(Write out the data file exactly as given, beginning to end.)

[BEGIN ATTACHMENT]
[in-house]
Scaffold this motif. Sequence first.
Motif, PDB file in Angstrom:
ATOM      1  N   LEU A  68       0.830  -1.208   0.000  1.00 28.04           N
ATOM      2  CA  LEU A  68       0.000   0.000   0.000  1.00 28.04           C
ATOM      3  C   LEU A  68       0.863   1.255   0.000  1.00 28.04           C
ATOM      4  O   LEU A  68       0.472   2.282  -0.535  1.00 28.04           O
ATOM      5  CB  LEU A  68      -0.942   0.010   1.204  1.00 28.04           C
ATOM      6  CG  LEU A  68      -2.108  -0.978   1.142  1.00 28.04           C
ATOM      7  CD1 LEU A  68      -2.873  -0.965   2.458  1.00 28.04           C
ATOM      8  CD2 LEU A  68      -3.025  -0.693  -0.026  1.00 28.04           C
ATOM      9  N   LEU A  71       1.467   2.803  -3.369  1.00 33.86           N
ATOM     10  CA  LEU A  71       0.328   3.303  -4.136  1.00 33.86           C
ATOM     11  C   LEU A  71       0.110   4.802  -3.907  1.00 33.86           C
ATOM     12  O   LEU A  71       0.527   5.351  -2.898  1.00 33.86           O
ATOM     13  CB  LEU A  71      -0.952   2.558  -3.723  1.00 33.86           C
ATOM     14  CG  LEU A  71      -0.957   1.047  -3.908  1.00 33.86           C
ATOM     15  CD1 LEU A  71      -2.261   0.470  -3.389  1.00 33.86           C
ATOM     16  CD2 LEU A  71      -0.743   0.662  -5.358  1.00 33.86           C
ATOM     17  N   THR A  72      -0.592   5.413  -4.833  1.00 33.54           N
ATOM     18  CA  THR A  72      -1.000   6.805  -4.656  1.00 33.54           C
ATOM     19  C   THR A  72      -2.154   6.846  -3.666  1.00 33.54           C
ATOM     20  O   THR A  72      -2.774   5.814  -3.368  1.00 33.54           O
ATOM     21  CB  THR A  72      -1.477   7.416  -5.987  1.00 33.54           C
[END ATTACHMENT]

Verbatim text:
[in-house]
Scaffold this motif. Sequence first.
Motif, PDB file in Angstrom:
ATOM      1  N   LEU A  68       0.830  -1.208   0.000  1.00 28.04           N
ATOM      2  CA  LEU A  68       0.000   0.000   0.000  1.00 28.04           C
ATOM      3  C   LEU A  68       0.863   1.255   0.000  1.00 28.04           C
ATOM      4  O   LEU A  68       0.472   2.282  -0.535  1.00 28.04           O
ATOM      5  CB  LEU A  68      -0.942   0.010   1.204  1.00 28.04           C
ATOM      6  CG  LEU A  68      -2.108  -0.978   1.142  1.00 28.04           C
ATOM      7  CD1 LEU A  68      -2.873  -0.965   2.458  1.00 28.04           C
ATOM      8  CD2 LEU A  68      -3.025  -0.693  -0.026  1.00 28.04           C
ATOM      9  N   LEU A  71       1.467   2.803  -3.369  1.00 33.86           N
ATOM     10  CA  LEU A  71       0.328   3.303  -4.136  1.00 33.86           C
ATOM     11  C   LEU A  71       0.110   4.802  -3.907  1.00 33.86           C
ATOM     12  O   LEU A  71       0.527   5.351  -2.898  1.00 33.86           O
ATOM     13  CB  LEU A  71      -0.952   2.558  -3.723  1.00 33.86           C
ATOM     14  CG  LEU A  71      -0.957   1.047  -3.908  1.00 33.86           C
ATOM     15  CD1 LEU A  71      -2.261   0.470  -3.389  1.00 33.86           C
ATOM     16  CD2 LEU A  71      -0.743   0.662  -5.358  1.00 33.86           C
ATOM     17  N   THR A  72      -0.592   5.413  -4.833  1.00 33.54           N
ATOM     18  CA  THR A  72      -1.000   6.805  -4.656  1.00 33.54           C
ATOM     19  C   THR A  72      -2.154   6.846  -3.666  1.00 33.54           C
ATOM     20  O   THR A  72      -2.774   5.814  -3.368  1.00 33.54           O
ATOM     21  CB  THR A  72      -1.477   7.416  -5.987  1.00 33.54           C